“With international agreements, the tradition has been you carry them forward across administrations,” Obama said, making his pitch for the Iran deal, the Paris climate agreement, and the EPA’s Clean Power Plant initiative, which undergirds the goals of the Paris agreement. All three have been on the GOP’s chopping block.
A questioner asked about Guantanamo—Trump’s declaration that he will keep it open and Obama’s failure to keep his pledge to shut it down. “I haven’t been able to close the darn thing,” he said to a ripple of sympathetic laughter. But he had greatly reduced the population, he said, and he used the question to offer one additional piece of advice to the incoming administration.
“There are all these rules and laws and norms, and you got to pay attention to them,” he said, even when their existence frustrates your intentions. “Take that part of the job seriously,” he said. “We listened to the lawyers.”
The press conference was a chance for Obama to tote up the accomplishments of his eight years and his belief that he is leaving a national security structure and an economy to his successor that are stronger than the ones he inherited. He did acknowledge that there are “people out there who are deeply disaffected, or otherwise we wouldn’t have had the result we had.” But he contrasted the economic collapse of 2008 into 2009 with the much rosier picture of today, despite the dark picture Trump painted on the campaign trail. “He will have time and space to make judicious decisions,” Obama said.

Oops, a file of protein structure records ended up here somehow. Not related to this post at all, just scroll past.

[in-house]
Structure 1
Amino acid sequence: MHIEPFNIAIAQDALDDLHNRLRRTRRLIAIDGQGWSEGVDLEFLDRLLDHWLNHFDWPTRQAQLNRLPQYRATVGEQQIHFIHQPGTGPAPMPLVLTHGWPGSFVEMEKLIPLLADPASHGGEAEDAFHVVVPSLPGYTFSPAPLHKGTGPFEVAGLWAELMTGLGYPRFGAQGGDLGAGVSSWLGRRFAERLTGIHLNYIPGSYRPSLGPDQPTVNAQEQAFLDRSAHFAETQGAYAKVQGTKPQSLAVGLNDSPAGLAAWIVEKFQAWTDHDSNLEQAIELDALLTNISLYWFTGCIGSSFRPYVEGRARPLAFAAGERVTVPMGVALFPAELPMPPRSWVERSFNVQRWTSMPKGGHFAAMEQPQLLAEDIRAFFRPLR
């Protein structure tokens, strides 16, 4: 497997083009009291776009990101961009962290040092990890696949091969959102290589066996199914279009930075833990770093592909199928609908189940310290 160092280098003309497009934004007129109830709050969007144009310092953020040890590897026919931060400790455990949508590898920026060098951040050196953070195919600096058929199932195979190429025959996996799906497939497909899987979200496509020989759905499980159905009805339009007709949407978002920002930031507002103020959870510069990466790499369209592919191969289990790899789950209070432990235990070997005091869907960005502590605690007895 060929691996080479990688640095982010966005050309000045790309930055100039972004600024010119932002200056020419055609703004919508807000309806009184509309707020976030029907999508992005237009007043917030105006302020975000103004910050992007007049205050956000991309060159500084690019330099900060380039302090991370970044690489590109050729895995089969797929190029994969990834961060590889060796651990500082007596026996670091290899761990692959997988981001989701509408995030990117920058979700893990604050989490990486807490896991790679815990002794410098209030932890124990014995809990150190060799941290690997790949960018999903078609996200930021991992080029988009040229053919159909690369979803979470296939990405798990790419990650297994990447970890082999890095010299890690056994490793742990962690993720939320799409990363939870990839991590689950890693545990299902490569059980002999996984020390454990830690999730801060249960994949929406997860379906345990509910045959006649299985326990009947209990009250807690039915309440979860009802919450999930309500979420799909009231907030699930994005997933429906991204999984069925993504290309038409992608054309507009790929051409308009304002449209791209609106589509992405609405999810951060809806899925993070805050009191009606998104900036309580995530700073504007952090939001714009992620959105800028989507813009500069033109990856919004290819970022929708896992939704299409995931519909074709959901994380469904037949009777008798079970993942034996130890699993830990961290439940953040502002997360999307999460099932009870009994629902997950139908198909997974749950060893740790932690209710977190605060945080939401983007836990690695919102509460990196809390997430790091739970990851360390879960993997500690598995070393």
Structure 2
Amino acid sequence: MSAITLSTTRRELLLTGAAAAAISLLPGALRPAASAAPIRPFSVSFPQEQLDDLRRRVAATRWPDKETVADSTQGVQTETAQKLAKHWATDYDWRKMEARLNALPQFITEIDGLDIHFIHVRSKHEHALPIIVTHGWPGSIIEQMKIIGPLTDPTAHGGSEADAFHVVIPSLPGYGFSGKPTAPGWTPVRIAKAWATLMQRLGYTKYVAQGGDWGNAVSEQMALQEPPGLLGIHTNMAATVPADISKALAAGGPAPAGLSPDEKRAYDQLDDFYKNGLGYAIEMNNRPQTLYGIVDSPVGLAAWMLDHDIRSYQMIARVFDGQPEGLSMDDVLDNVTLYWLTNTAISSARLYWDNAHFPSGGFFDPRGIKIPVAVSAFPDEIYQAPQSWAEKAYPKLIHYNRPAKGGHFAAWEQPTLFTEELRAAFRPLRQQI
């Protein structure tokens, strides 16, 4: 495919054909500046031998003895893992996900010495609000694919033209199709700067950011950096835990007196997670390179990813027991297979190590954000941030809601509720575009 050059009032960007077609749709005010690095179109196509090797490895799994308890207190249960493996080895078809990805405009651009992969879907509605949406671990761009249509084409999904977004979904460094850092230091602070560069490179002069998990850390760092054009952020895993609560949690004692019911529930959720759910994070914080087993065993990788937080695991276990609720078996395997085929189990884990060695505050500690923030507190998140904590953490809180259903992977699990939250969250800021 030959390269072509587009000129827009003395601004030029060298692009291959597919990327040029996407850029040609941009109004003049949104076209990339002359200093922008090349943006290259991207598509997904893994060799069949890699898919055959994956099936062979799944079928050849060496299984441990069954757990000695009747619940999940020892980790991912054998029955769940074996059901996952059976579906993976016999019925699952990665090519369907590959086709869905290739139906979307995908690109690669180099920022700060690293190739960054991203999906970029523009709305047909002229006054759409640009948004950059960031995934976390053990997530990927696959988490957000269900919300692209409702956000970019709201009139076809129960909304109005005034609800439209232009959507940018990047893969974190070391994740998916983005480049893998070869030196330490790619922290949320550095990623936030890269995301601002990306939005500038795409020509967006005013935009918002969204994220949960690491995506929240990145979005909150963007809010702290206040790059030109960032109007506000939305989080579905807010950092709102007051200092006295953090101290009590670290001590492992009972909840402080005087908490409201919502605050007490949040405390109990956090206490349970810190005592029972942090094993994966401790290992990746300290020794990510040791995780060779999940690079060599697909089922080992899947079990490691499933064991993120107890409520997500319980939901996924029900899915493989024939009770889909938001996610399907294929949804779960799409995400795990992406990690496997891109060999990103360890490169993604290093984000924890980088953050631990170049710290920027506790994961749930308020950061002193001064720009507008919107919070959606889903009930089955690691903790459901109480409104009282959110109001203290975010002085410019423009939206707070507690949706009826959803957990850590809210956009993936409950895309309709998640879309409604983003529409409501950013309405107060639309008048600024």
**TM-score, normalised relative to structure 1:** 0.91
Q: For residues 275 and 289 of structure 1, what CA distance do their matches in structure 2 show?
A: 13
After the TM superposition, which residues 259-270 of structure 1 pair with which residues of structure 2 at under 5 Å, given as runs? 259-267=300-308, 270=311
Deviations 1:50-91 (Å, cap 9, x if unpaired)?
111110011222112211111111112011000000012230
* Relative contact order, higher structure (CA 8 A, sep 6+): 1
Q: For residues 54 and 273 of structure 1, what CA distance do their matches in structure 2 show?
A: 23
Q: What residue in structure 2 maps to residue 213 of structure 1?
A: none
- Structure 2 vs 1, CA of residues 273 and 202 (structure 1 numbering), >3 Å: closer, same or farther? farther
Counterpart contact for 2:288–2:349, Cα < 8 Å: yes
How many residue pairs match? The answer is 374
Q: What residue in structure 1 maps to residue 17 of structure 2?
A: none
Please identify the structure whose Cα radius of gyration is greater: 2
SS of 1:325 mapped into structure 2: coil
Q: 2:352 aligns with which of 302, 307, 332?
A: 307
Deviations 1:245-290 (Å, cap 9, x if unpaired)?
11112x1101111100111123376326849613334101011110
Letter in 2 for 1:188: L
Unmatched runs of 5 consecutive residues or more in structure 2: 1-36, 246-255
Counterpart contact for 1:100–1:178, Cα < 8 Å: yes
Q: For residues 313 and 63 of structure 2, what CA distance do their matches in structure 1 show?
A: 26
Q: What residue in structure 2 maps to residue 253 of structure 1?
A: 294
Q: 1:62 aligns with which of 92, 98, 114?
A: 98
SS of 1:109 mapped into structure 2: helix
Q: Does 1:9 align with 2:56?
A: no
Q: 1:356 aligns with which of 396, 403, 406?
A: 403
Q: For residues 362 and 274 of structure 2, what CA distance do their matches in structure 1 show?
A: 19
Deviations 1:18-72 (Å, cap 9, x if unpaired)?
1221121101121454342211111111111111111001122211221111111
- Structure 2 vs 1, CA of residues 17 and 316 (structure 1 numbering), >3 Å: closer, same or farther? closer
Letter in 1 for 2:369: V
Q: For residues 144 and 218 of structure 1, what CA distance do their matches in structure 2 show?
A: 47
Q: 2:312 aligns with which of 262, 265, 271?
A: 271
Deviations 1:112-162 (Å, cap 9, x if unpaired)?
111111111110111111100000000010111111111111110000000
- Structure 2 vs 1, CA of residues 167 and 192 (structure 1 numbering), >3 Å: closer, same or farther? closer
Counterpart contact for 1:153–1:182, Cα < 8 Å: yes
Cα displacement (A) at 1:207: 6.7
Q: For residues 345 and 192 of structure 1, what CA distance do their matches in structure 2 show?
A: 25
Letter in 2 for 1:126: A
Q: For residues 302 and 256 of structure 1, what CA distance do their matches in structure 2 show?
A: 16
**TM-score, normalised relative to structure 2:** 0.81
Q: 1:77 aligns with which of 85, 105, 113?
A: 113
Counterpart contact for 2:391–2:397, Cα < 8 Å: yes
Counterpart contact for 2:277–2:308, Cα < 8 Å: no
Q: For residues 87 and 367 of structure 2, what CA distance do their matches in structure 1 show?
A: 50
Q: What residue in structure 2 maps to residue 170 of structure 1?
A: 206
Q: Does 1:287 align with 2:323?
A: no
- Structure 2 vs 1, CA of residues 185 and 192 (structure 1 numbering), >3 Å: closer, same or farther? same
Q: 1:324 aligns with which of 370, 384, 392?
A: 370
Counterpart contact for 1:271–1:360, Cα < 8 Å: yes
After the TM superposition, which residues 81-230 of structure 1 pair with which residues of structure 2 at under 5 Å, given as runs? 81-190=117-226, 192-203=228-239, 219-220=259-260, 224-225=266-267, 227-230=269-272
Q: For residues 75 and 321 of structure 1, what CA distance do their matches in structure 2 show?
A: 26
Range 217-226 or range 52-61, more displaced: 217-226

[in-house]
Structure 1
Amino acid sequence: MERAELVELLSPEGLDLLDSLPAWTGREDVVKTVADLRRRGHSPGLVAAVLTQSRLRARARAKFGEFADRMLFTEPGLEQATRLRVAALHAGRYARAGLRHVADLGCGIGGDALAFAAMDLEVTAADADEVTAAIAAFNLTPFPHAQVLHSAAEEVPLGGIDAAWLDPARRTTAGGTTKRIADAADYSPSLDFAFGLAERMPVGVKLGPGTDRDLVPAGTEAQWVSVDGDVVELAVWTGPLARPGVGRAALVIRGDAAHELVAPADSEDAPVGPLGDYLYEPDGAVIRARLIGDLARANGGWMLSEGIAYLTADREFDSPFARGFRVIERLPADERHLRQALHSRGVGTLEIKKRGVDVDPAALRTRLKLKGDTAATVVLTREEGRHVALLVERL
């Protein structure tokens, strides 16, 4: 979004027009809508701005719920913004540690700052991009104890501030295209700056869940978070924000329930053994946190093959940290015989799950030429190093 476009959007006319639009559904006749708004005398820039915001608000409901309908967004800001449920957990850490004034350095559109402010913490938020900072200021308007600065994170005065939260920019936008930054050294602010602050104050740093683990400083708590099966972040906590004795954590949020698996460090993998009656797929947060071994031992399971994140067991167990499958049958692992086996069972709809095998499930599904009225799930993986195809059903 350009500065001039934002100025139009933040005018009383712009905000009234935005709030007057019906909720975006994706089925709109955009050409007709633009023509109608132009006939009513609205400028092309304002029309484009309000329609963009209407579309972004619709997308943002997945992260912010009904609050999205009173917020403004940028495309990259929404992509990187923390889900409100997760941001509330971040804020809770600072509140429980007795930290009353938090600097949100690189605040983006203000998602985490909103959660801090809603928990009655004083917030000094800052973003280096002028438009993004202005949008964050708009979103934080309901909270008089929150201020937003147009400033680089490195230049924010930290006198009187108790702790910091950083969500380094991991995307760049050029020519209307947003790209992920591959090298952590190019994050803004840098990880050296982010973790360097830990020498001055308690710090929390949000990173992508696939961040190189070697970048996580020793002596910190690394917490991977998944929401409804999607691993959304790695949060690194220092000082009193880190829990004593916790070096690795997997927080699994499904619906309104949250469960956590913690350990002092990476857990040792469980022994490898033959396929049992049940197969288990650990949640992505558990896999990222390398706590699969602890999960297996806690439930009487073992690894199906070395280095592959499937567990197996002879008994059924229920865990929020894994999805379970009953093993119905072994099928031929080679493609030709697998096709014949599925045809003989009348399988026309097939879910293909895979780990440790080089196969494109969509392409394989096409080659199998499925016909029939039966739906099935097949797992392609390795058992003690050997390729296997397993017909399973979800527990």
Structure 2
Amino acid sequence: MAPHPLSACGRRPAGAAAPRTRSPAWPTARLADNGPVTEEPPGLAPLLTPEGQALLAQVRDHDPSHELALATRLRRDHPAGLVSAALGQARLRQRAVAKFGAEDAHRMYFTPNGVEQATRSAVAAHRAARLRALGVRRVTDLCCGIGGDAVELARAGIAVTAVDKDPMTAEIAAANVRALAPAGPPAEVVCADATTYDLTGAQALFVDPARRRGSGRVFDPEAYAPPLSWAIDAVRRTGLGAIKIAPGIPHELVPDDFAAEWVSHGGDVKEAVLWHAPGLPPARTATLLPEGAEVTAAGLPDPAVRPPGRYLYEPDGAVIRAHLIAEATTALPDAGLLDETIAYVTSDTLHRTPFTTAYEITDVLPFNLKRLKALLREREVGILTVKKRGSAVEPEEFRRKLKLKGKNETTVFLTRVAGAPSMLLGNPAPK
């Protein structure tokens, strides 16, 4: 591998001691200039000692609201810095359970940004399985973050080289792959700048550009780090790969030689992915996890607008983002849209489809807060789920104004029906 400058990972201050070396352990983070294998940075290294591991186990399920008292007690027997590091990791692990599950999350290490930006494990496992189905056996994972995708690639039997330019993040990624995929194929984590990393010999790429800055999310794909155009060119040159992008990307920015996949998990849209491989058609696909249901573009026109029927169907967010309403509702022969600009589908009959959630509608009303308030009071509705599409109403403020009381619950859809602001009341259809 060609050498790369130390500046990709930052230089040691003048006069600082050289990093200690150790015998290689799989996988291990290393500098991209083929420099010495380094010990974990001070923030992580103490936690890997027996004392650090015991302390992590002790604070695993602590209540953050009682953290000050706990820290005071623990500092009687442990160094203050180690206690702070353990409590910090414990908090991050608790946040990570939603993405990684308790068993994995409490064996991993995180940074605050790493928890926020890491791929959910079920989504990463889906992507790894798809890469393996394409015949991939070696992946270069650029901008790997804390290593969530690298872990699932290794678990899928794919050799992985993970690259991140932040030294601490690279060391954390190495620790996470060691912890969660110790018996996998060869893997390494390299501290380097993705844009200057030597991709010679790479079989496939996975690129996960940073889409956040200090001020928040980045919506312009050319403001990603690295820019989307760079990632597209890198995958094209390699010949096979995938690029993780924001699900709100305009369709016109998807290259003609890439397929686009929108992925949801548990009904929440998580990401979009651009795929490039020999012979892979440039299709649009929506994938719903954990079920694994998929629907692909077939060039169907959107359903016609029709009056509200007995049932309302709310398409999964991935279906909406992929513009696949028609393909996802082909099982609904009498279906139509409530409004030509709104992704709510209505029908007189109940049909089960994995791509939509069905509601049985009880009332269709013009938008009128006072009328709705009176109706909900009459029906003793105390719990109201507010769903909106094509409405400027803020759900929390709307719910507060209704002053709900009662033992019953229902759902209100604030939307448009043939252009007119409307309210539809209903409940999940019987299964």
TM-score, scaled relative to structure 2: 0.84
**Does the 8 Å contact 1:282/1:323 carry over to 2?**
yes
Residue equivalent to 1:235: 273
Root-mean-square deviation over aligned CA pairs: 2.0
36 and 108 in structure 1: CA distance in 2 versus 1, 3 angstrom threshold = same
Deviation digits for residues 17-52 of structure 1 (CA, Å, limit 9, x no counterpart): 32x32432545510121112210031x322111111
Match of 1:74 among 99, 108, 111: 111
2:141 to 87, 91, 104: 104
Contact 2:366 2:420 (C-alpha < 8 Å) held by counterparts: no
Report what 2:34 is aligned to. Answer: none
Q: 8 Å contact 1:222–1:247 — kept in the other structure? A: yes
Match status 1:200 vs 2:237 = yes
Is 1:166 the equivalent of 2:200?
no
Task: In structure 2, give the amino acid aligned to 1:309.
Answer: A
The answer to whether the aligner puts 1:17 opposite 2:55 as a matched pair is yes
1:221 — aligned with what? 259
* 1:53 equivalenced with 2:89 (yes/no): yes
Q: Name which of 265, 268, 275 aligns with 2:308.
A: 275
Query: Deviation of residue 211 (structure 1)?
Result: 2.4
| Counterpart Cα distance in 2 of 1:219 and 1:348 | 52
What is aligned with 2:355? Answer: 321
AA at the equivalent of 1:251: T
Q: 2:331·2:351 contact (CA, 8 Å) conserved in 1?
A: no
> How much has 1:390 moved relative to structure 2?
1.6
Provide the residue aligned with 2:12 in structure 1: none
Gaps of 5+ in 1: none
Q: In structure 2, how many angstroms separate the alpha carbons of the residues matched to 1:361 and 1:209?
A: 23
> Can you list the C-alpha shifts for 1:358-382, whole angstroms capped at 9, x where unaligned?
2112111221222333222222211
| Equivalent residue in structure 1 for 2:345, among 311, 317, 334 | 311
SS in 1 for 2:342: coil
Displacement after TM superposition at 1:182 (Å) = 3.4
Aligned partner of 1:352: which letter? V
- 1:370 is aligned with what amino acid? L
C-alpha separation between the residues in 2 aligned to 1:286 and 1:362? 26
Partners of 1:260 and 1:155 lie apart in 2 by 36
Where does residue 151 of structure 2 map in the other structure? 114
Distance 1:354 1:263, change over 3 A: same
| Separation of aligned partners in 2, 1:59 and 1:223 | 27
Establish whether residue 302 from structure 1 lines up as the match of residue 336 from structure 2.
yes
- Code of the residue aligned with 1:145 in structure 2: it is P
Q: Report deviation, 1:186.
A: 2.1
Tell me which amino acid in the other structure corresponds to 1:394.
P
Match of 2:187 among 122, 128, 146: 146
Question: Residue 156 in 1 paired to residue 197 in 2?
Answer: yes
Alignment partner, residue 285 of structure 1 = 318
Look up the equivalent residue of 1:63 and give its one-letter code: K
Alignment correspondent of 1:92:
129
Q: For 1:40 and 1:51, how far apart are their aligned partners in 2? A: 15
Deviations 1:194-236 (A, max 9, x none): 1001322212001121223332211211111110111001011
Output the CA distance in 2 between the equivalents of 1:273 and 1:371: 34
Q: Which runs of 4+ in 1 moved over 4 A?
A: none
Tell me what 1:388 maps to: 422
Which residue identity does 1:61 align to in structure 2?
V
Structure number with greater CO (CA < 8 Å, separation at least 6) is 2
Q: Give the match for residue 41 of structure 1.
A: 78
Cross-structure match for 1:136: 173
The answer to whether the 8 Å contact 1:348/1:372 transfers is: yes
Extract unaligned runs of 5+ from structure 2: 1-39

The president seems to be putting his faith into Trump rising to the occasion, that someone who pulled so many rabbits out of the hat might just pull it off again.
As for the Democratic Party, Obama was never much of a party builder, and he signaled that he’s not going to be playing a role as the Democrats fight among themselves over which direction they should go. “It’s important for me not to be big-footing,” he said. But he noted that he won Iowa in 2008 not because of demographics—Iowa is one of the whitest states in the country—but because he spent 87 days visiting small towns, county fairs, fish fries, and VFW halls. And while he lost some counties, he lost them by 20 percent, not 50 percent.
And when he appeared in Washington in 2005 after winning a Senate race, Democrats were demoralized. Republicans controlled the Senate and House. John Kerry had just lost the presidency, and Obama and one other Democrat (Ken Salazar of Colorado) were the only two national winners. Two years later, Democrats took the House. “Things can change pretty rapidly, but they don’t change inevitably,” he said.
That same thinking can be seen in the stance Obama has taken toward Trump. While declining to believe the worst, Obama is doing his best to influence a new president who had no idea he would win and has little idea of what to do now that he’s done it.